A History of St. Gabriel-de-Valcartier Catholic Church

 

By D. Clark McIntosh

 

 

       

       

        The Roman Catholic Church of Valcartier had its beginnings in 1833.  Father Hugh Paisley, the priest from the nearby community of St-Catherine travelled to Valcartier to perform services in a small chapel built by the Irish settlers.  The first resident priest was Father Michael Griffiths, born in May 1793 in Donegal, Ireland and died on the 27th of October in 1849.  Father Griffiths is buried in the cemetery attached to this Church.   He was ordained a priest in 1831 and was educated in France, as at that time there were no Catholic seminaries in Ireland.  He made all his entries into the Valcartier parish registers in French.  The Catholic Church, built in 1853, was rebuilt in 1891 after being destroyed by fire.  Mrs. John Neilson (Marie Ursula Hebert) is believed to have been buried under the present church and their is a plaque commemorating her memory inside the church.  The last resident priest left in 1958 and the church is now serviced by a French priest from outside the community. 

 

        In the years 1838-9, a small wooden chapel was erected at the font of the present church, next to the cemetery.  Andrew Stuart, a lawyer, donated the land so that the people could build the chapel.  The construction of the first Catholic Church was in the year 1852.  It was built from red granite, which was purchased from Mr. Edward Maher's stone pit, located a few kilometres north in Riviere aux Pins.  The Neilson family donated the lot for the church under the condition that a yearly mass was celebrated in honour of Mrs. John Neilson.  This yearly mass was to take place every August until her death.  (Note:  Marie Ursula Hebert Neilson was Catholic, her husband Presbyterian).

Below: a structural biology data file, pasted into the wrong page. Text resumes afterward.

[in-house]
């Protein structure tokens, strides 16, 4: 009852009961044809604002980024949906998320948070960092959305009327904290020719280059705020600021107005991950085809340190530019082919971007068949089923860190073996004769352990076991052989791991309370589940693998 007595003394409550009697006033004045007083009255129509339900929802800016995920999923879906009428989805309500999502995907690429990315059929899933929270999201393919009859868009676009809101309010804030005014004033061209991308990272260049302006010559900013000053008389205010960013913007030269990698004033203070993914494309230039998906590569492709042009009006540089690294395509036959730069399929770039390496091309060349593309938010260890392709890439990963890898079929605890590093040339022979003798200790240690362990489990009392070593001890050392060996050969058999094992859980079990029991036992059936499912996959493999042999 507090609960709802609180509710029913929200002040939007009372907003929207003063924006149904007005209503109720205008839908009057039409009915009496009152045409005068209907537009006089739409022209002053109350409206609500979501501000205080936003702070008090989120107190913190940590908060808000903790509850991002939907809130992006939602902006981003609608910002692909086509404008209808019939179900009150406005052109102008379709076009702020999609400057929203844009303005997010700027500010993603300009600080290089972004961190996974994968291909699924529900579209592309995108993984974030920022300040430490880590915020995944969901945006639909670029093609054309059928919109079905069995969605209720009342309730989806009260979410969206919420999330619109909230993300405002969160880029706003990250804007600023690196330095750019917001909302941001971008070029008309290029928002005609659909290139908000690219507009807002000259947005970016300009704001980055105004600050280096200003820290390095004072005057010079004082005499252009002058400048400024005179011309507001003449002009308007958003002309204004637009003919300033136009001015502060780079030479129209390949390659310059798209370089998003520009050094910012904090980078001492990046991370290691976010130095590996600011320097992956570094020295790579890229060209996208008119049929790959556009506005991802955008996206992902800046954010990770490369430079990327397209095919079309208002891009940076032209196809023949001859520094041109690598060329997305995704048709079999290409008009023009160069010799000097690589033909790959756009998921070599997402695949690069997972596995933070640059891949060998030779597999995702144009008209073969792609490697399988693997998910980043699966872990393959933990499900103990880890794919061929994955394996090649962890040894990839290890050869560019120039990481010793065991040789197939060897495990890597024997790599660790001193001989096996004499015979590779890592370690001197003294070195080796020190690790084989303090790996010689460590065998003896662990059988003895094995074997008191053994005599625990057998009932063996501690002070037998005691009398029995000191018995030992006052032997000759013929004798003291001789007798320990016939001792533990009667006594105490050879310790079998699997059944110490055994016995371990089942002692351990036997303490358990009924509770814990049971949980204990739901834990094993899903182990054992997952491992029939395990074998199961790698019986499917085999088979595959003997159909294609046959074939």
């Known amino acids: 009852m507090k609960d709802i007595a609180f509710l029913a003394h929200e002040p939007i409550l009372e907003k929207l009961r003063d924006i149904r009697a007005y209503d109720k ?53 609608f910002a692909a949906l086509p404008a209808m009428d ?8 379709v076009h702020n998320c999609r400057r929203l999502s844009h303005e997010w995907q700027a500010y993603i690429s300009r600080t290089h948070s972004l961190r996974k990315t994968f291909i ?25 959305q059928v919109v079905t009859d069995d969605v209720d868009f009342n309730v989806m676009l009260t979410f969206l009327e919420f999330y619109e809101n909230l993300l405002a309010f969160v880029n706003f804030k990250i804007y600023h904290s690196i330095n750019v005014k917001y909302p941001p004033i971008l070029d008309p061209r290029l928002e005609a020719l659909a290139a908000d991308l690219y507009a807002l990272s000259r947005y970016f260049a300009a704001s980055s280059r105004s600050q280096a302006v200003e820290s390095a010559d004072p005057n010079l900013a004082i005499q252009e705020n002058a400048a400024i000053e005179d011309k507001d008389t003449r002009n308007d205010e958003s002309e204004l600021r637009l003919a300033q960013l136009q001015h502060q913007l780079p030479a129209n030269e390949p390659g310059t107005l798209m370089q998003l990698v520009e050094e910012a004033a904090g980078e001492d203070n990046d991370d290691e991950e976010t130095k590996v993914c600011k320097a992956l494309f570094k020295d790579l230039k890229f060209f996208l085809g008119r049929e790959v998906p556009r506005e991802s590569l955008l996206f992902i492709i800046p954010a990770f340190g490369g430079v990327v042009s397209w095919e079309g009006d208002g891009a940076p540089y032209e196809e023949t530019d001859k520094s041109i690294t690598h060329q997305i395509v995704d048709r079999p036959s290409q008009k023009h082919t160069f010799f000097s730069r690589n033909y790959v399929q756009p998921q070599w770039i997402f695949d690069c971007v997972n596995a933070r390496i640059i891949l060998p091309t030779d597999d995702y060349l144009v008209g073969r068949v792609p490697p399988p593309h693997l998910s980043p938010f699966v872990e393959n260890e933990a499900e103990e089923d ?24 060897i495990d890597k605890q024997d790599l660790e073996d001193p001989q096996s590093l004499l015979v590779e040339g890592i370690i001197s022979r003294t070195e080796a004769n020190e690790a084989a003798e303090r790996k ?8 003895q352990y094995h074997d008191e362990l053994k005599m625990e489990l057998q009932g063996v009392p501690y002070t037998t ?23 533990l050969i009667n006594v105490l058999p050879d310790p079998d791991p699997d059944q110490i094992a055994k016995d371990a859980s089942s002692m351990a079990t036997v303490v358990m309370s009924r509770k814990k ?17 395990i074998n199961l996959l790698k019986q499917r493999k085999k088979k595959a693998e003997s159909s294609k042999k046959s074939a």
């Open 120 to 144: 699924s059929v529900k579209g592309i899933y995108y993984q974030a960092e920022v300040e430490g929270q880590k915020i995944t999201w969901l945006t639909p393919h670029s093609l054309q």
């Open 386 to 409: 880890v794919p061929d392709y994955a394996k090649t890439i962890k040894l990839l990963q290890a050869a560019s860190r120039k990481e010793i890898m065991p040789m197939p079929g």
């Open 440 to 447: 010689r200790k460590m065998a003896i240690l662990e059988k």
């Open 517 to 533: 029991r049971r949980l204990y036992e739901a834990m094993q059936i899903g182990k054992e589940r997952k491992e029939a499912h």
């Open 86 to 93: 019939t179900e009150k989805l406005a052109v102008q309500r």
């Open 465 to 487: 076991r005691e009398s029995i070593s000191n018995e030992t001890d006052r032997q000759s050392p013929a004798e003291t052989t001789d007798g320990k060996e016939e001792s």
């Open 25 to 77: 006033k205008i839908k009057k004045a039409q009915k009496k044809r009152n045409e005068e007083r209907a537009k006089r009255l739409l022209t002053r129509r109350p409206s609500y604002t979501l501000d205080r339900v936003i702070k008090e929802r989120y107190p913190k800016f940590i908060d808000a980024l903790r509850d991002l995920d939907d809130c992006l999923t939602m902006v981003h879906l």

In 1895, Margaret Neilson, daughter of John and Marie Ursula, donated additional property valued at four hundred dollars.  The land was donated on the condition that a "messe basse" would take place each year in honour of herself and her family, for a period of fifty years.  Father Jean Gravel agreed to this obligation in the year 1915.  The construction of the second church began on April 13, 1911 and was completed in 1912.  The vestry was constructed with the wood taken from the chapel of 1838.  The alter tht is presently in the church is the same one that was in the chapel.  It is said to be the oldest altar in the diocese of Quebec.

 

        In 1924, when the population of Valcartier was 312 people, a large majority - 216 - were Catholic. 

 

        In January, 1983, the documents of the church were stolen, but luckily recovered.   Each yer the Catholic Women's League put on a potluck supper and a breakfast.  The funds are donated to the church.

 

        The parish is named after the patron saint St. Gabriel and the name Valcartier means Valley of the Jacques Cartier River.

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